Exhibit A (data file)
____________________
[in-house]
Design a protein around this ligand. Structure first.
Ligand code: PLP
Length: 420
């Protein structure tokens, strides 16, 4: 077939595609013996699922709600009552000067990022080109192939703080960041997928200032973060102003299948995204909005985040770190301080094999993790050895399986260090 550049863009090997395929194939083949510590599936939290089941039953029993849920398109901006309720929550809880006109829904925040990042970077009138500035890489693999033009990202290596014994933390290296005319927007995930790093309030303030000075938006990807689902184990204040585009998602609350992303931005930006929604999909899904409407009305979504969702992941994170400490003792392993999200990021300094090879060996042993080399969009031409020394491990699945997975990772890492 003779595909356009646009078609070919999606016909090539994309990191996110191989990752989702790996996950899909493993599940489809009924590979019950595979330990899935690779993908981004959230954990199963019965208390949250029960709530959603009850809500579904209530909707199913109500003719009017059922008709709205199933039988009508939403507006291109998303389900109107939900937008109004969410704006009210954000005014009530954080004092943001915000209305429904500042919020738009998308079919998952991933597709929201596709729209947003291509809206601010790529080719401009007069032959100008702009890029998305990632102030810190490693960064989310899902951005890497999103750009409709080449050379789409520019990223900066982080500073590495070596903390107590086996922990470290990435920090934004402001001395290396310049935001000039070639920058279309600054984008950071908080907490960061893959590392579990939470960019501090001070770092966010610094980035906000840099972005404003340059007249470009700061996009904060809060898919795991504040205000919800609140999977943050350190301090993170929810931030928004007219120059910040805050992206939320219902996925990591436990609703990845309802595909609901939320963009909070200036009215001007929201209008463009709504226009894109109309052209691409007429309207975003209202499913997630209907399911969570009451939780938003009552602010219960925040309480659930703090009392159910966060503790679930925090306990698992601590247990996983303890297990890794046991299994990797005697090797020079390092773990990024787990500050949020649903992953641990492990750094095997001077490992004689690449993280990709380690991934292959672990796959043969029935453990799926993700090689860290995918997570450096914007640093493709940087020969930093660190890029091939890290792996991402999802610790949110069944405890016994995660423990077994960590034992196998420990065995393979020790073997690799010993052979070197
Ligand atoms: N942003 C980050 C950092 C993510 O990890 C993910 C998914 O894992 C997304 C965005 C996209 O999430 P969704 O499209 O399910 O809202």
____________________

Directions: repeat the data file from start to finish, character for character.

[in-house]
Design a protein around this ligand. Structure first.
Ligand code: PLP
Length: 420
């Protein structure tokens, strides 16, 4: 077939595609013996699922709600009552000067990022080109192939703080960041997928200032973060102003299948995204909005985040770190301080094999993790050895399986260090 550049863009090997395929194939083949510590599936939290089941039953029993849920398109901006309720929550809880006109829904925040990042970077009138500035890489693999033009990202290596014994933390290296005319927007995930790093309030303030000075938006990807689902184990204040585009998602609350992303931005930006929604999909899904409407009305979504969702992941994170400490003792392993999200990021300094090879060996042993080399969009031409020394491990699945997975990772890492 003779595909356009646009078609070919999606016909090539994309990191996110191989990752989702790996996950899909493993599940489809009924590979019950595979330990899935690779993908981004959230954990199963019965208390949250029960709530959603009850809500579904209530909707199913109500003719009017059922008709709205199933039988009508939403507006291109998303389900109107939900937008109004969410704006009210954000005014009530954080004092943001915000209305429904500042919020738009998308079919998952991933597709929201596709729209947003291509809206601010790529080719401009007069032959100008702009890029998305990632102030810190490693960064989310899902951005890497999103750009409709080449050379789409520019990223900066982080500073590495070596903390107590086996922990470290990435920090934004402001001395290396310049935001000039070639920058279309600054984008950071908080907490960061893959590392579990939470960019501090001070770092966010610094980035906000840099972005404003340059007249470009700061996009904060809060898919795991504040205000919800609140999977943050350190301090993170929810931030928004007219120059910040805050992206939320219902996925990591436990609703990845309802595909609901939320963009909070200036009215001007929201209008463009709504226009894109109309052209691409007429309207975003209202499913997630209907399911969570009451939780938003009552602010219960925040309480659930703090009392159910966060503790679930925090306990698992601590247990996983303890297990890794046991299994990797005697090797020079390092773990990024787990500050949020649903992953641990492990750094095997001077490992004689690449993280990709380690991934292959672990796959043969029935453990799926993700090689860290995918997570450096914007640093493709940087020969930093660190890029091939890290792996991402999802610790949110069944405890016994995660423990077994960590034992196998420990065995393979020790073997690799010993052979070197
Ligand atoms: N942003 C980050 C950092 C993510 O990890 C993910 C998914 O894992 C997304 C965005 C996209 O999430 P969704 O499209 O399910 O809202």